‘V for Victory’ also meant ‘V for Bonanza’ – G-VTAL

By: shortfinals

Jun 02 2011

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Category: aircraft, Aviation, British Isles, England, Great Britain, Kemble, military, Second World War, United States

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Aperture:f/8
Focal Length:22mm
ISO:200
Shutter:1/250 sec
Camera:NIKON D40

With a V-tail, smooth styling and tip tanks, this Beech V35 Bonanza looks to be a modern machine. Amazingly, the design harks back to December 1945, when Ralph Harmon’s masterpiece first flew in prototype form. The first production Bonanza flew in 1947, and was an instant hit; fast (200 mph cruise) and with a well-appointed interior, it became the ideal touring machine for a family – providing that cost was not an object, that is! It was predictable that many returning US veterans who had learnt to fly in the USAAF, USN and US Marines would want to continue to fly, and an explosion in civil flying was predicted. The Beech Aircraft Corporation of Wichita, Kansas aimed to cash in on this rush to private flying, recognising that a well-equipped, fast and stylish aircraft would carve a niche in the market. Unlike Europe, which had suffered a massive financial collapse, material devastation and political upheaval during WW2, the United States had enjoyed strong economic expansion, and was poised for a consumer boom. The initial production model V35 had a 165 hp Continental E-185-1 engine and carried four. Soon, more powerful engine options and other changes allowed 5 or even 6 seats. The unusual V-tail, consisting of two ‘ruddervators’, was claimed to reduce drag and structural weight, thereby increasing performance (this arrangement was later mimicked by the French Fouga CM.170 Magister jet trainer). Retractable undercarriage and complicated systems and engine controls meant that this was not an aircraft for the beginner.

Here we can see a pretty ‘V-tail’, G-VTAL (serial number D-7978) at Cotswold Airport, Kemble, Gloucestershire. It was built in 1965, so is representative of the mid-period of the V35’s production run from 1947 to 1982. In case you are wondering why the aircraft carries Swiss flags on both tail surfaces, it is because it was formerly on the Swiss register as HB-EJB, (as well as having a German identity as D-EFTH); it was brought onto the British Civil Register in February, 2003. Power comes from a six cylinder Continental Motors Corporation IO-520-BA of  285 hp, driving a three-bladed Hartzell propeller.  The present owner is Edmund Ovenden of Bodmin, Devon.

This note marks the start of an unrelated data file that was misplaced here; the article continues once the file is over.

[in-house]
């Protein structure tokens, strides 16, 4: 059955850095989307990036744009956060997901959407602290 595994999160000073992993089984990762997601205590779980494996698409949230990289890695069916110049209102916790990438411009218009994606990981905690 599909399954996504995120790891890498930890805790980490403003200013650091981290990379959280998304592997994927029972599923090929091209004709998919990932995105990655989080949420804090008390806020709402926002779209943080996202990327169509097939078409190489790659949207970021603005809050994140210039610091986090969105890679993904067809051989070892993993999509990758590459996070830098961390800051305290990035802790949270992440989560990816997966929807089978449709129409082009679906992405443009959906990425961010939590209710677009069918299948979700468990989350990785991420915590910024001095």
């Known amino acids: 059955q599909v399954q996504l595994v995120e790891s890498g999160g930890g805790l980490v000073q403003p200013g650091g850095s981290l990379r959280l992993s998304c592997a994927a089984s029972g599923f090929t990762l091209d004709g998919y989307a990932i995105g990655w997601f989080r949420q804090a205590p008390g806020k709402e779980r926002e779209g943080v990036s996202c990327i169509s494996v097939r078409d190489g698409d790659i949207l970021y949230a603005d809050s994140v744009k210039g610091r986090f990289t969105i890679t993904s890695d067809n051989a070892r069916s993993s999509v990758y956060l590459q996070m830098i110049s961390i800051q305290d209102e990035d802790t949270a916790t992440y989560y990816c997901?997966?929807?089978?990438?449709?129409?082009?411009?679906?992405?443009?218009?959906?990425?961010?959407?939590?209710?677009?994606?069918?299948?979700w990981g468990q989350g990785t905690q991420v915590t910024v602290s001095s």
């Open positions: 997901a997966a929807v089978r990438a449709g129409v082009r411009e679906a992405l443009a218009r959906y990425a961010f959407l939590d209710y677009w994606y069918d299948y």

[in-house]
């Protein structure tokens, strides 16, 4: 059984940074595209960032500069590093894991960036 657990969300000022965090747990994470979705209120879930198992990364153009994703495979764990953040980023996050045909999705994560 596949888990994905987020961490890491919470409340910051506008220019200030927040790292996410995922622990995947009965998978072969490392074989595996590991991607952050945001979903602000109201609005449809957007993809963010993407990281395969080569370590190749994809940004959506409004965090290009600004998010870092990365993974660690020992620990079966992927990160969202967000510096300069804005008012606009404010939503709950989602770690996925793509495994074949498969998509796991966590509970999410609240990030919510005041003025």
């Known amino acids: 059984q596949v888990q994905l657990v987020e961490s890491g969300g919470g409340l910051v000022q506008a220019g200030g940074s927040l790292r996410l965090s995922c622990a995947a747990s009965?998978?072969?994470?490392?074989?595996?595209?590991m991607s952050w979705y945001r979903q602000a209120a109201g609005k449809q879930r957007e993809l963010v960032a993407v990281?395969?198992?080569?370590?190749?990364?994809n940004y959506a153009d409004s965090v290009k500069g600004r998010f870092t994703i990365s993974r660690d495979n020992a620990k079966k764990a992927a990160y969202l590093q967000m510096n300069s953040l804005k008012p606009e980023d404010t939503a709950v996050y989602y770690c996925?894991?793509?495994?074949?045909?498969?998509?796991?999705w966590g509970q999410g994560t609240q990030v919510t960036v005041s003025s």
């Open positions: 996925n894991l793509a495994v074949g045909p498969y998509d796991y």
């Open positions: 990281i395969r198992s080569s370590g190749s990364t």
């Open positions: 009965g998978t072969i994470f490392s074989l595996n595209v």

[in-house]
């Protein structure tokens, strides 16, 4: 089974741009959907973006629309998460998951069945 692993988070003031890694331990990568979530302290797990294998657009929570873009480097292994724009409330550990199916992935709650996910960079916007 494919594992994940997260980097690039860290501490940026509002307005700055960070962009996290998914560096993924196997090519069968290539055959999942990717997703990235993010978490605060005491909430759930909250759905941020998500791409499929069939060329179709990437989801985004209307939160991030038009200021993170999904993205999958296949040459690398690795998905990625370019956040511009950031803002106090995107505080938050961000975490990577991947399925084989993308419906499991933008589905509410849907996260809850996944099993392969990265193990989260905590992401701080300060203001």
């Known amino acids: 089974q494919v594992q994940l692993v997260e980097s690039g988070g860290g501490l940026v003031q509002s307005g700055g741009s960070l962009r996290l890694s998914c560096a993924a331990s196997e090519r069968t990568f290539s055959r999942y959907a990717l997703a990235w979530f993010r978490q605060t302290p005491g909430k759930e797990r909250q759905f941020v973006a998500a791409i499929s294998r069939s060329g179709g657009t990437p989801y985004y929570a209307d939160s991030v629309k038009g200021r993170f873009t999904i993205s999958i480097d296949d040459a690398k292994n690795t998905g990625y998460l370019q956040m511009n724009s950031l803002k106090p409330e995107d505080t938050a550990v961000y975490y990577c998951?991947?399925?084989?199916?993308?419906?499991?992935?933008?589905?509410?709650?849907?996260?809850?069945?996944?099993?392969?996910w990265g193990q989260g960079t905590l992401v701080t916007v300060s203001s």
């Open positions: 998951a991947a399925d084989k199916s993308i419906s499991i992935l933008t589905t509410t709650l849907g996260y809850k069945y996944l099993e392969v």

As well as fitting modern radios and navigation aids, most owners tend to look at increasing their Bonanza’s available power, either by rebuilding the engine with modern ‘Millenium’ brand cylinders, or fitting a newer IO-550 engine (same weight as a IO-520) which gives 300 hp; the cost of this exchange is around $30,000. You can fit a ‘turbonormalizer’ – a device which restores sea-level power at high altitude – rather than fitting a turbosupercharger, which stresses the engine more, but I am still not convinced that the extra fuel consumption is worth it! If you desire one of these attractive aircraft, you can still buy a new ‘conventional’ tailed Bonanza, which means that the family of Bonanza variants have been in production for more than 60 years! Second-hand ‘V-tails’, with high total hours, can be had for as little as $16,000 (one for sale in Arizona at this price), with ‘modernized’ examples at around $88,000 (one in Florida).

The ‘V-tail’ with the original (smaller) control surfaces, and complicated systems was a bit of a handful, leading to a high pilot workload. This gave rise, directly, to the most famous Bonanza crash of all time. On 3rd February, 1959, pilot Roger Peterson took off in N3794N, a B35 V-tail owned by Dwyer Flying Service, from Madison, Iowa. He was carrying three musicians on the next leg of their ‘Winter Dance Tour’; the Bonanza crashed shortly afterwards due to pilot error, killing all on board. The other occupants were J.P. ‘The Big Bopper’ Richardson, Ritchie Valens and one Buddy Holly (Charles Hardin Holley). Yes, this was ‘The Day The Music Died’.

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